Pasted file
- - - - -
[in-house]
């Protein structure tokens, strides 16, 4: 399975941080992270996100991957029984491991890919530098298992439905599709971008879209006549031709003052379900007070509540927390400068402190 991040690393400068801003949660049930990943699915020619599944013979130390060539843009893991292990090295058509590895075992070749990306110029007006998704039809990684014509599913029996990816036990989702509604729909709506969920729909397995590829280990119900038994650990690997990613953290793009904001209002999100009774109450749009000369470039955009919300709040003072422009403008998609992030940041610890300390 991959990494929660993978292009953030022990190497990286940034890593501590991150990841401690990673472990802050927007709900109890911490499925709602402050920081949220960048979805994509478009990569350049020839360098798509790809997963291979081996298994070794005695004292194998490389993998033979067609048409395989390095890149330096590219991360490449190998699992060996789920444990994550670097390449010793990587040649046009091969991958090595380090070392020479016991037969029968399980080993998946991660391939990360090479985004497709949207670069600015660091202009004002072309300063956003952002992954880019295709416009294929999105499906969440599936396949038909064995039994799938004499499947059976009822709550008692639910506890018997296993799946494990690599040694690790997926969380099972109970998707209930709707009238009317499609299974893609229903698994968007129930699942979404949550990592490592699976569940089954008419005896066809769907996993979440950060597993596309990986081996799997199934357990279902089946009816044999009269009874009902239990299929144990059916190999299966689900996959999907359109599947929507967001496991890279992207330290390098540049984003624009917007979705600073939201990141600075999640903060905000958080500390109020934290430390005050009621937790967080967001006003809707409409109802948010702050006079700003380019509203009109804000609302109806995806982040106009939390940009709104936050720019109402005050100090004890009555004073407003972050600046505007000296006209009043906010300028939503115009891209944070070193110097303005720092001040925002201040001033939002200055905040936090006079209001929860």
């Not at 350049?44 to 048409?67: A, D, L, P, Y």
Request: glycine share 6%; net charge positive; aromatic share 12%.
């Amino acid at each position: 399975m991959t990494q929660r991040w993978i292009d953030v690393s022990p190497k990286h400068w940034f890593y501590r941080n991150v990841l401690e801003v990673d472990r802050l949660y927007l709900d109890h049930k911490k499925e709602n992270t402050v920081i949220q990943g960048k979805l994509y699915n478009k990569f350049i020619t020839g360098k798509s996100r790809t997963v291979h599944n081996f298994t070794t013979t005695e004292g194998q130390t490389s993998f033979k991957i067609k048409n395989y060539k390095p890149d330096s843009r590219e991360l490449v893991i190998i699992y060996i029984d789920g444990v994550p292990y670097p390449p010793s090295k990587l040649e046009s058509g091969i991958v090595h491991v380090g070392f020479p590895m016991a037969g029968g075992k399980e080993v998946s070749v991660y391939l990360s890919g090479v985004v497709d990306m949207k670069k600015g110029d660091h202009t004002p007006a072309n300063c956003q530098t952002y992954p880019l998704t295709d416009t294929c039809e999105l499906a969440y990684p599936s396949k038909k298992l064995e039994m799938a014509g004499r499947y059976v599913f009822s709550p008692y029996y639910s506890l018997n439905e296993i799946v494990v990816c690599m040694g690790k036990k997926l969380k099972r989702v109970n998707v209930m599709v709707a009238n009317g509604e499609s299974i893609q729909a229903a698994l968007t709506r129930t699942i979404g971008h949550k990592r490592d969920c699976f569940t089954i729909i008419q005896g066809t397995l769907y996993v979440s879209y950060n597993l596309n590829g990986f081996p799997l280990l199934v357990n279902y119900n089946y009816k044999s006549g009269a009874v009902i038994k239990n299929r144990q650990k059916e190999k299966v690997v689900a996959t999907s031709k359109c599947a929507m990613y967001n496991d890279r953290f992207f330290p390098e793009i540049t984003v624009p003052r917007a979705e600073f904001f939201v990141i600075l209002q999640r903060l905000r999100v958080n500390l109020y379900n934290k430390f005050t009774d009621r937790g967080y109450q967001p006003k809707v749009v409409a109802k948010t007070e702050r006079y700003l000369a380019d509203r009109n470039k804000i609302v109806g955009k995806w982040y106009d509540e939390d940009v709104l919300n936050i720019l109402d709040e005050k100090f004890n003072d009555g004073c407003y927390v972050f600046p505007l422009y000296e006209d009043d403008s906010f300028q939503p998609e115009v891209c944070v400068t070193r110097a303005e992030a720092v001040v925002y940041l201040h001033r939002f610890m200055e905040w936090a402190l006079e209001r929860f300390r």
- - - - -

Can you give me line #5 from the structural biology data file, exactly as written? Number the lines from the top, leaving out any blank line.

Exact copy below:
């Amino acid at each position: 399975m991959t990494q929660r991040w993978i292009d953030v690393s022990p190497k990286h400068w940034f890593y501590r941080n991150v990841l401690e801003v990673d472990r802050l949660y927007l709900d109890h049930k911490k499925e709602n992270t402050v920081i949220q990943g960048k979805l994509y699915n478009k990569f350049i020619t020839g360098k798509s996100r790809t997963v291979h599944n081996f298994t070794t013979t005695e004292g194998q130390t490389s993998f033979k991957i067609k048409n395989y060539k390095p890149d330096s843009r590219e991360l490449v893991i190998i699992y060996i029984d789920g444990v994550p292990y670097p390449p010793s090295k990587l040649e046009s058509g091969i991958v090595h491991v380090g070392f020479p590895m016991a037969g029968g075992k399980e080993v998946s070749v991660y391939l990360s890919g090479v985004v497709d990306m949207k670069k600015g110029d660091h202009t004002p007006a072309n300063c956003q530098t952002y992954p880019l998704t295709d416009t294929c039809e999105l499906a969440y990684p599936s396949k038909k298992l064995e039994m799938a014509g004499r499947y059976v599913f009822s709550p008692y029996y639910s506890l018997n439905e296993i799946v494990v990816c690599m040694g690790k036990k997926l969380k099972r989702v109970n998707v209930m599709v709707a009238n009317g509604e499609s299974i893609q729909a229903a698994l968007t709506r129930t699942i979404g971008h949550k990592r490592d969920c699976f569940t089954i729909i008419q005896g066809t397995l769907y996993v979440s879209y950060n597993l596309n590829g990986f081996p799997l280990l199934v357990n279902y119900n089946y009816k044999s006549g009269a009874v009902i038994k239990n299929r144990q650990k059916e190999k299966v690997v689900a996959t999907s031709k359109c599947a929507m990613y967001n496991d890279r953290f992207f330290p390098e793009i540049t984003v624009p003052r917007a979705e600073f904001f939201v990141i600075l209002q999640r903060l905000r999100v958080n500390l109020y379900n934290k430390f005050t009774d009621r937790g967080y109450q967001p006003k809707v749009v409409a109802k948010t007070e702050r006079y700003l000369a380019d509203r009109n470039k804000i609302v109806g955009k995806w982040y106009d509540e939390d940009v709104l919300n936050i720019l109402d709040e005050k100090f004890n003072d009555g004073c407003y927390v972050f600046p505007l422009y000296e006209d009043d403008s906010f300028q939503p998609e115009v891209c944070v400068t070193r110097a303005e992030a720092v001040v925002y940041l201040h001033r939002f610890m200055e905040w936090a402190l006079e209001r929860f300390r």